The thing is that, for some reason, my brain isn't working tonight and I'm forgetting how to deal with grafting live stitches (kitchener) when there is a mixture of knit and purl stitches.

I can't figure out how to deal with the half-stitch offset that you get when you graft.

I know there's a way.  I've grafted plenty of projects, but I can't visualize this tonight. Mary Thomas and Montse Stanley aren't helping, me.  And all the online explanations that I've looked at show plain stockinette, not a mixture.

Will someone take pity on me, and explain this to me in a way that my poor addled brain can comprehend?

Ok, if I'm understanding this right - the rows you're looking to kitchener aren't garter stitch, but a stitch pattern alternating knits & purls? (the pic looks wonderful by the way)

Don't worry about the 1/2 stitch difference. Use a fresh piece of yarn, be careful with the grafting tension, and carefully weave in the yarn tail, the 1/2 stitch won't be a problem.

When you graft, you're sewing 2 stitches together (one leg of each stitch) . The yarn can either go UNDER both or OVER both legs. (I can't follow grafting as knit/purl movements - to me it's just a running stitch, you either go under or over)

It helps to see the under/over if the knitting is flat and off the needles, (for sanity's sake, just take off a few stitches at a time, and ONLY if it's not a yarn that'll run easily)

When you graft knit to knit - the yarn goes UNDER the legs of the 2 stitches.

When you graft purl to purl  - the yarn goes OVER the legs of the 2 stitches.

When you graft knit to purl - the yarn goes UNDER the knit stitch and OVER the purl

When you graft purl to knit - the yarn goes OVER the purl and UNDER the knit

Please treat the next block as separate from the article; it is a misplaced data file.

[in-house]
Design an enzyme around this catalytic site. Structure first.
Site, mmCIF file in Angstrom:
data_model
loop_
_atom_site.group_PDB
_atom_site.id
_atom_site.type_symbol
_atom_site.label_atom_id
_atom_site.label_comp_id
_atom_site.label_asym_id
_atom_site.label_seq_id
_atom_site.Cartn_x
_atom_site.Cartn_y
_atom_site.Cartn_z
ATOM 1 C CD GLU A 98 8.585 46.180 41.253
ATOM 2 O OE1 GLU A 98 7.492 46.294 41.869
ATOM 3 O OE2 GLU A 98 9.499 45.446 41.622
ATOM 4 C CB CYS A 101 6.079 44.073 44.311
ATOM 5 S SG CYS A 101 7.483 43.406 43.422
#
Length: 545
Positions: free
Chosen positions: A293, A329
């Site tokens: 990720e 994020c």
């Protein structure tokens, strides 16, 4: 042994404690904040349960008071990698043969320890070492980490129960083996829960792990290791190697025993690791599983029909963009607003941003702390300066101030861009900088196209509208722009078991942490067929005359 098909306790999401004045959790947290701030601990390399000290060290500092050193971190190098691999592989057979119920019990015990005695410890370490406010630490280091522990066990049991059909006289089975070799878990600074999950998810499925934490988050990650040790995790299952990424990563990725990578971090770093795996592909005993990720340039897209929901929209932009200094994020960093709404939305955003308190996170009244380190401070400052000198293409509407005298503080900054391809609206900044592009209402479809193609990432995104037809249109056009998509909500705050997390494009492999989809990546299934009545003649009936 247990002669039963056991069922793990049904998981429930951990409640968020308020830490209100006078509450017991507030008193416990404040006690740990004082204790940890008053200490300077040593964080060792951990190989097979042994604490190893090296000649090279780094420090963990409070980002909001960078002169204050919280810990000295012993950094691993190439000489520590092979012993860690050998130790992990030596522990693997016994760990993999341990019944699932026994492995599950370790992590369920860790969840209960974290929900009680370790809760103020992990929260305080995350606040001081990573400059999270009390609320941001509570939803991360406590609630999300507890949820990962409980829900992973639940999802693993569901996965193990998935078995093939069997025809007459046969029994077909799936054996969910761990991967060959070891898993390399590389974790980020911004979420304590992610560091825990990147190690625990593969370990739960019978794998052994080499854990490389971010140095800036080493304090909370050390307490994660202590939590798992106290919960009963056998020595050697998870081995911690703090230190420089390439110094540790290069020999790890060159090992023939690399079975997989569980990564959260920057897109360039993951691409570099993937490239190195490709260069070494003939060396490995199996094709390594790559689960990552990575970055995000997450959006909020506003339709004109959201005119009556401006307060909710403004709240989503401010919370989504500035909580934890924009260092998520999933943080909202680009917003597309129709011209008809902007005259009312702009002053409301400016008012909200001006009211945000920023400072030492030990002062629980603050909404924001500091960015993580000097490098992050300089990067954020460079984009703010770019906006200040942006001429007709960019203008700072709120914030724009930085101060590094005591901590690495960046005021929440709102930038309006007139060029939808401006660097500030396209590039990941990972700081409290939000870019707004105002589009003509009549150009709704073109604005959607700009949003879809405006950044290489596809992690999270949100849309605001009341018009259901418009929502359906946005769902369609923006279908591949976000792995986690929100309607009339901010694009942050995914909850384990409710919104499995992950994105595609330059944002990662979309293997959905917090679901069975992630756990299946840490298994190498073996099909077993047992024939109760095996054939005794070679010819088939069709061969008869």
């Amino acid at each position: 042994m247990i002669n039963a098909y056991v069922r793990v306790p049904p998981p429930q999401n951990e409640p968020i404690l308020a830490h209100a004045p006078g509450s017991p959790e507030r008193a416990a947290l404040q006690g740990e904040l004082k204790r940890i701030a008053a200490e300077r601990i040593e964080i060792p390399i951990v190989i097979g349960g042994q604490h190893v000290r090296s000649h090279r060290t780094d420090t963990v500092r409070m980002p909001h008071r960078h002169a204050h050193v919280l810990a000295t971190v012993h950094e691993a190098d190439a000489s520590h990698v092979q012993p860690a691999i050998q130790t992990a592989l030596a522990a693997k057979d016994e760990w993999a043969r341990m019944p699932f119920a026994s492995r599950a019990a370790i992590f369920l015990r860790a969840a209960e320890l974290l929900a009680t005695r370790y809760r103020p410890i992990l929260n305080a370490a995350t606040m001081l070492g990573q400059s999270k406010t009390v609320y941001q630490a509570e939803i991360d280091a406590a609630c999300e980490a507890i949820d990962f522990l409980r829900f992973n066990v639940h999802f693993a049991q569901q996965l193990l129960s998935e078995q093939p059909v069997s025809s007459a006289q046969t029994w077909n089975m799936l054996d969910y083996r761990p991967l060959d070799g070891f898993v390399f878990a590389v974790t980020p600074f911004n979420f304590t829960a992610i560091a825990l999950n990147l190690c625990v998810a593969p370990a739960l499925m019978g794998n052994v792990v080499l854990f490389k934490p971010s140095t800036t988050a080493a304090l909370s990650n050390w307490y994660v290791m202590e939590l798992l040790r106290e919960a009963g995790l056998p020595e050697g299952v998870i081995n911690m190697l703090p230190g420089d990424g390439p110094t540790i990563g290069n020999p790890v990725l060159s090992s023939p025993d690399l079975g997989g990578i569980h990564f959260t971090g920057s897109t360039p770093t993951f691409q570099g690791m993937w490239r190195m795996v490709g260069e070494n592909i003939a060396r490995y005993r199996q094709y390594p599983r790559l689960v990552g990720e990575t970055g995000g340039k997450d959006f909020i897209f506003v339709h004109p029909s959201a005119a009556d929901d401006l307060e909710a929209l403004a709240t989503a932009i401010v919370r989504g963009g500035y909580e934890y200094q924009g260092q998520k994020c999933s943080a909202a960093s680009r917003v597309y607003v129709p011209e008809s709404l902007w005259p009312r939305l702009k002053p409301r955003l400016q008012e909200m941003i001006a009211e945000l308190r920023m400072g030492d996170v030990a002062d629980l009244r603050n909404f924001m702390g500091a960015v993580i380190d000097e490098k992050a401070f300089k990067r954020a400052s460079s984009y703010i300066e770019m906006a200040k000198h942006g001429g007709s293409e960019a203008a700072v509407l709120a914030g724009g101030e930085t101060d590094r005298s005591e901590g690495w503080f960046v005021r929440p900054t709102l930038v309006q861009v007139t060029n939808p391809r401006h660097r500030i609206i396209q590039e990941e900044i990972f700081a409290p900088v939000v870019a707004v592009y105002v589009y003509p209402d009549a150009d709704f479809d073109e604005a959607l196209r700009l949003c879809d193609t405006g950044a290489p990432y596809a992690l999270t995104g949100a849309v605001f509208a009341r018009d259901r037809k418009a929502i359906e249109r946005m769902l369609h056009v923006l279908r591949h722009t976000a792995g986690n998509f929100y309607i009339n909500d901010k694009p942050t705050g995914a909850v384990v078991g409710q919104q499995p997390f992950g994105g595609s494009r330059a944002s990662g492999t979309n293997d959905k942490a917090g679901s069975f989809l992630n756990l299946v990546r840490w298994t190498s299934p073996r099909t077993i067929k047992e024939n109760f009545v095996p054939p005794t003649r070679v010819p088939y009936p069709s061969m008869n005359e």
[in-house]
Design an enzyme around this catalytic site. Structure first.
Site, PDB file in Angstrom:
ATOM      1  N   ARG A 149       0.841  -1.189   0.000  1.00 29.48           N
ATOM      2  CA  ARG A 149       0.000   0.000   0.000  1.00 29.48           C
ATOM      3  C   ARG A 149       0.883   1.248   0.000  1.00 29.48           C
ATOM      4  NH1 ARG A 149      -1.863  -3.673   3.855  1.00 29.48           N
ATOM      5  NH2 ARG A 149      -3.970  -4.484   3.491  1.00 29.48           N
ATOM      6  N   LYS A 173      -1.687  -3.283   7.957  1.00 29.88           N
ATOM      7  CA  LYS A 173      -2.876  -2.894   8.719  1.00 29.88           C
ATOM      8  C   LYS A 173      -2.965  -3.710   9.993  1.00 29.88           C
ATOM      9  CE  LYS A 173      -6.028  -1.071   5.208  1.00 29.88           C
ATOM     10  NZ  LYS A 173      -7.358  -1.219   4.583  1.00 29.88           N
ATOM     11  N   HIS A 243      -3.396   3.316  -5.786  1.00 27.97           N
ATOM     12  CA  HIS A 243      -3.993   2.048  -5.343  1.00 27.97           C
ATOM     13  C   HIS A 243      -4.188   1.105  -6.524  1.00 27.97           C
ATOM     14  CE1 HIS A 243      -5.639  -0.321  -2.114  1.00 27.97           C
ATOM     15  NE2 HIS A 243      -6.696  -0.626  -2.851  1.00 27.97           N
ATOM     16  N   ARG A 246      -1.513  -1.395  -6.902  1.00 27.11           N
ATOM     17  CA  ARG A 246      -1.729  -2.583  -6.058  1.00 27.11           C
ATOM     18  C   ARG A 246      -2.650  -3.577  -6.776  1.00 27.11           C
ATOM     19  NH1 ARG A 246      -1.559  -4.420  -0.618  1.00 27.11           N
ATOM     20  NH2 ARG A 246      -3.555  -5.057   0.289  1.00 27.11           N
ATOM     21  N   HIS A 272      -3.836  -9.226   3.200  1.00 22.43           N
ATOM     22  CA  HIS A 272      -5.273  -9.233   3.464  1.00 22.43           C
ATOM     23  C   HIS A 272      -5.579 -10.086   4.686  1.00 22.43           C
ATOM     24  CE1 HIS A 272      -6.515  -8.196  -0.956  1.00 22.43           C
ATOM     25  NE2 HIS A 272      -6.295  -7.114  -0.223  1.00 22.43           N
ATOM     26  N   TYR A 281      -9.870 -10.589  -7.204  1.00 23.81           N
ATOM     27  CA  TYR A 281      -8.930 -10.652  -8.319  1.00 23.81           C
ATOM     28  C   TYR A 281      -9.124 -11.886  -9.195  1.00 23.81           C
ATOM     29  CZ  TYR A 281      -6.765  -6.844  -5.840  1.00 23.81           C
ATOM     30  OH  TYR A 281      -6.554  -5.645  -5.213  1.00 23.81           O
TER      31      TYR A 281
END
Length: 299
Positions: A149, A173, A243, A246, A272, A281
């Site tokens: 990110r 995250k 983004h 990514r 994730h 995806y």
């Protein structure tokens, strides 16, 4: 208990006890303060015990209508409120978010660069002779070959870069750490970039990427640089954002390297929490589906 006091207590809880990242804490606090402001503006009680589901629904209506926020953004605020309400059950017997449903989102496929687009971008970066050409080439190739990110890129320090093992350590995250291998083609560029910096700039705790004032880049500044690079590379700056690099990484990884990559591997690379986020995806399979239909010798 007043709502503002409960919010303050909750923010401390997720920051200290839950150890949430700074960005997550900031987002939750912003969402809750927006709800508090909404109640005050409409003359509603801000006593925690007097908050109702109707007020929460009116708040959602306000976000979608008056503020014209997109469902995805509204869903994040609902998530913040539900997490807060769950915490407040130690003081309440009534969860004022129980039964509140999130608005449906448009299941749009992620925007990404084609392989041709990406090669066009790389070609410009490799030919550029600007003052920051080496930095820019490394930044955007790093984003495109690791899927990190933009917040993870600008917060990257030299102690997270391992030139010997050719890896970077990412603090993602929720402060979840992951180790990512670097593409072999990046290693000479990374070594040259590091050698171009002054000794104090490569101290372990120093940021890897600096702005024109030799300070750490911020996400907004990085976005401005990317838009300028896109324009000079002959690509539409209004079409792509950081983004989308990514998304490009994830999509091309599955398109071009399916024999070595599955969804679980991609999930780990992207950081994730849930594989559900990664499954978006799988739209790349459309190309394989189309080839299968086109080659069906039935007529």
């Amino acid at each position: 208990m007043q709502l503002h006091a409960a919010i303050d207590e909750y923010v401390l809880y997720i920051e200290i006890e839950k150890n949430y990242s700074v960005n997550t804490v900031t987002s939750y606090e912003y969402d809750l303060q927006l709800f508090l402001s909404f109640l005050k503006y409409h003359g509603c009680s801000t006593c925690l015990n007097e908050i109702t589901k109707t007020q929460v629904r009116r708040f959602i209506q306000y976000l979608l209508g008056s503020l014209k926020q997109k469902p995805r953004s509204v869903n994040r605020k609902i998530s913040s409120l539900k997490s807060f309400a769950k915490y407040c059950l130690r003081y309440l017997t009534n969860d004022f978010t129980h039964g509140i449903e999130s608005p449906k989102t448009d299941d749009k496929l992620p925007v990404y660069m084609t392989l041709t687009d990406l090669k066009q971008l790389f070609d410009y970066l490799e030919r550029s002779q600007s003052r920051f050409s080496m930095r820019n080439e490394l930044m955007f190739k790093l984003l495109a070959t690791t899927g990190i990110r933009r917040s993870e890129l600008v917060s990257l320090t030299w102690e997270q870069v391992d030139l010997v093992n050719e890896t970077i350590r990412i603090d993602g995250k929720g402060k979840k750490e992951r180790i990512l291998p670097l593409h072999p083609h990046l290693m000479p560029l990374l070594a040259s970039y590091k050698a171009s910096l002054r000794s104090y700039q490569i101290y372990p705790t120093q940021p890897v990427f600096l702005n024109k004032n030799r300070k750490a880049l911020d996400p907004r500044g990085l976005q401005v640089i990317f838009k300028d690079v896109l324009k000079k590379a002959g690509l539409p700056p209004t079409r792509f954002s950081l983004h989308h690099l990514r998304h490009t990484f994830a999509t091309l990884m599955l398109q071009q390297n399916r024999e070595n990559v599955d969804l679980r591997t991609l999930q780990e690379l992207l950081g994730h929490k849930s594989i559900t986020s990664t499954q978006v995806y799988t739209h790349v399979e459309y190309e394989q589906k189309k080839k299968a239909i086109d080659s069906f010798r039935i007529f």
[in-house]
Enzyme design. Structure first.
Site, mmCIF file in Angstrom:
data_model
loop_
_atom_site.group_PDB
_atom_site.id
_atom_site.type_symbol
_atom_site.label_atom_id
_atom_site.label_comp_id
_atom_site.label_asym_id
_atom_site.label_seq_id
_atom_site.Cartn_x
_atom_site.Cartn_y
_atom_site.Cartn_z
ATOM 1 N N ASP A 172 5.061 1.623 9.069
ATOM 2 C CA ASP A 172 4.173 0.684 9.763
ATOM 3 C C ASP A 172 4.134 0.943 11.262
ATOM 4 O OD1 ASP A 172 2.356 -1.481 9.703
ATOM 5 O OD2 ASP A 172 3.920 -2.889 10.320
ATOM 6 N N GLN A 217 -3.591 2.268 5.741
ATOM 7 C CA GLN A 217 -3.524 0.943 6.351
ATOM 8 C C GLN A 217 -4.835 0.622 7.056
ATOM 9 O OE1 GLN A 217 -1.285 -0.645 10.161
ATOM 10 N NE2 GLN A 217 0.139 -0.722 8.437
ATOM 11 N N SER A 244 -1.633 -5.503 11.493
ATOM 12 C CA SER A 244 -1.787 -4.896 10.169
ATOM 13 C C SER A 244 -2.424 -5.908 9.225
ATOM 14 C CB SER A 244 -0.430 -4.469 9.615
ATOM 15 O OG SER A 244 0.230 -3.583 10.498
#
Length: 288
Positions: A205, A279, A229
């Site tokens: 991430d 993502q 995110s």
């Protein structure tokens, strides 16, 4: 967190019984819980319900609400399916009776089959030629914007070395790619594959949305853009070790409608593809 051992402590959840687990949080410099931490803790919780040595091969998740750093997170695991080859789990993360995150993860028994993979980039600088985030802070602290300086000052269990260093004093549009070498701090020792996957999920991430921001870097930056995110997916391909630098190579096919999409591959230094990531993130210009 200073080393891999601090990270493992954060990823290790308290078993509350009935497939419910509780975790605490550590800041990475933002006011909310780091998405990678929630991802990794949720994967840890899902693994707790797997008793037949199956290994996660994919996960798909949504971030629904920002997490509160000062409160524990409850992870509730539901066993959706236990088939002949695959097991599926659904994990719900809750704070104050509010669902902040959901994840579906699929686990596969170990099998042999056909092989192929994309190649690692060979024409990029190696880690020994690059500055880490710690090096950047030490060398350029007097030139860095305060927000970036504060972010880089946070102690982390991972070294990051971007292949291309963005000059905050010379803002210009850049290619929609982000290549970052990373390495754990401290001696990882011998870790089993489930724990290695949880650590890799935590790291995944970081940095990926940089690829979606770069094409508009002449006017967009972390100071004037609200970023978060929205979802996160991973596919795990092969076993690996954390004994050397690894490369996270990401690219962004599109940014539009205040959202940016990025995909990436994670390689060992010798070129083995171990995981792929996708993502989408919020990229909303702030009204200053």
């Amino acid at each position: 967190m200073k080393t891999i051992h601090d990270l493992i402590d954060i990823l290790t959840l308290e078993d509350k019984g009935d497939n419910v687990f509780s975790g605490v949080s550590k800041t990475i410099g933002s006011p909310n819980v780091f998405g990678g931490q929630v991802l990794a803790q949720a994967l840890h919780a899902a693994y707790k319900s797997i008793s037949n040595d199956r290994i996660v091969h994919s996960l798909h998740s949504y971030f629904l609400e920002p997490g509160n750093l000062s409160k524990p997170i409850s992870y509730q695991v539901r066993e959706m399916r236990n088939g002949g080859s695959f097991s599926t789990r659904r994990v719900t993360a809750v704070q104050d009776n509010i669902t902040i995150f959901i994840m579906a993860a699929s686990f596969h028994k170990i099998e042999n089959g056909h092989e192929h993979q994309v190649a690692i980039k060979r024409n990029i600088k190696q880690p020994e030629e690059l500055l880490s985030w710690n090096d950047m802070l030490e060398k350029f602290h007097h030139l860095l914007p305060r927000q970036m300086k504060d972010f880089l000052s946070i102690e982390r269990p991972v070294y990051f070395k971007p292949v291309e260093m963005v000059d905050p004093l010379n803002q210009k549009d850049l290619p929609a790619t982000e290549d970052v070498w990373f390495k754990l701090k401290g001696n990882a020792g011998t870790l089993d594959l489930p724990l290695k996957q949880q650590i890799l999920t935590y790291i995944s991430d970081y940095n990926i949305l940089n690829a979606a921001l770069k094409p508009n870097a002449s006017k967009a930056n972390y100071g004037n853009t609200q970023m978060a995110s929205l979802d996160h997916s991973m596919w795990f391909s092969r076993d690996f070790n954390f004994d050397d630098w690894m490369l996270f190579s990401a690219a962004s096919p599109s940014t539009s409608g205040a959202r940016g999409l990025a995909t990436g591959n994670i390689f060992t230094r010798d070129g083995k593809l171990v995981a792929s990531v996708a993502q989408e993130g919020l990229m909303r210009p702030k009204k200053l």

(I'm guessing you're looking at Mary Thomas' Knitting Book, p 171 for the pic on grafting ribbing? I don't have the Montse Stanley book to check)

Does that help any?

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redwitch
« Reply #8 on: September 24, 2007 06:26:25 AM »

Here's a different approach:

Grafting really is creating a (new) row of duplicate stitch between the two live rows. If you are cool with duplicate stitch for mixed k and p try this way:

Put both sets of stitches onto waste wool (quite thin, maybe even sewing cotton), lay them down right-side-up and live stitches together. Try to flatten the stitches so they are flat on the floor or table, not going front-to-back like when they are on the needle.

Do a row of duplicate stitch in between them, k, p, or whatever. That's your graft! If you can do duplicate stitch in any stitch pattern, then you will be able to graft any combination without having to look things up!

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rebeccajane
« Reply #9 on: September 24, 2007 05:24:50 PM »

I think by about the third time I ripped out my graft for the rogue hood cables, it clicked for me: only worry about the pattern on the side facing you. On a knit, graft as for a knit, on a purl, graft for a purl. Ignore what's happening on the other side. Although there is a slight shift, it's not too noticeable and certainly better looking than a seam. And I always keep a book with illustrations of the kichener stitch open beside me... just in case.